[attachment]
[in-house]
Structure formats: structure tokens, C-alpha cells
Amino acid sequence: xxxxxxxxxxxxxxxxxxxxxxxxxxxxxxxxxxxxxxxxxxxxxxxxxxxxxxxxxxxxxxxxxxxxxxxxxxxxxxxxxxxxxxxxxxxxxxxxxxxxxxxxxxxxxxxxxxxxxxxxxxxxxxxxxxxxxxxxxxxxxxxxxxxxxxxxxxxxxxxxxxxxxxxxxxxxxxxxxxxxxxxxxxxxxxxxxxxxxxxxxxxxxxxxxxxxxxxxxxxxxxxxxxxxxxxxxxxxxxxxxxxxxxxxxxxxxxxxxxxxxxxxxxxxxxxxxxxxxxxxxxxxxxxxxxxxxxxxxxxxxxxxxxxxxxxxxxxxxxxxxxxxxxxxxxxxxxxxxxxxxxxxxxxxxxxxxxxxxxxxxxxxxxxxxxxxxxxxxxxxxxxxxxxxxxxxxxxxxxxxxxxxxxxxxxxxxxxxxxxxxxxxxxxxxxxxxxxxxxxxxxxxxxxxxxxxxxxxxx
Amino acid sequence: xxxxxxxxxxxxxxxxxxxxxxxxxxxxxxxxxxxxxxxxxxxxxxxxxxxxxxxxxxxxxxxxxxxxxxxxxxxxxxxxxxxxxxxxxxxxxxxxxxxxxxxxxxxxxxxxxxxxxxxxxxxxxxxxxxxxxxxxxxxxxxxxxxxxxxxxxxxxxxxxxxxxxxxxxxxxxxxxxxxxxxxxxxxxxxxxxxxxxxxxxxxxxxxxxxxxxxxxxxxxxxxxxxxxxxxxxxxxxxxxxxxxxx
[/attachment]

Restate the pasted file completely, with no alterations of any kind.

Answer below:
[in-house]
Structure formats: structure tokens, C-alpha cells
Amino acid sequence: xxxxxxxxxxxxxxxxxxxxxxxxxxxxxxxxxxxxxxxxxxxxxxxxxxxxxxxxxxxxxxxxxxxxxxxxxxxxxxxxxxxxxxxxxxxxxxxxxxxxxxxxxxxxxxxxxxxxxxxxxxxxxxxxxxxxxxxxxxxxxxxxxxxxxxxxxxxxxxxxxxxxxxxxxxxxxxxxxxxxxxxxxxxxxxxxxxxxxxxxxxxxxxxxxxxxxxxxxxxxxxxxxxxxxxxxxxxxxxxxxxxxxxxxxxxxxxxxxxxxxxxxxxxxxxxxxxxxxxxxxxxxxxxxxxxxxxxxxxxxxxxxxxxxxxxxxxxxxxxxxxxxxxxxxxxxxxxxxxxxxxxxxxxxxxxxxxxxxxxxxxxxxxxxxxxxxxxxxxxxxxxxxxxxxxxxxxxxxxxxxxxxxxxxxxxxxxxxxxxxxxxxxxxxxxxxxxxxxxxxxxxxxxxxxxxxxxxxxx
Amino acid sequence: xxxxxxxxxxxxxxxxxxxxxxxxxxxxxxxxxxxxxxxxxxxxxxxxxxxxxxxxxxxxxxxxxxxxxxxxxxxxxxxxxxxxxxxxxxxxxxxxxxxxxxxxxxxxxxxxxxxxxxxxxxxxxxxxxxxxxxxxxxxxxxxxxxxxxxxxxxxxxxxxxxxxxxxxxxxxxxxxxxxxxxxxxxxxxxxxxxxxxxxxxxxxxxxxxxxxxxxxxxxxxxxxxxxxxxxxxxxxxxxxxxxxxx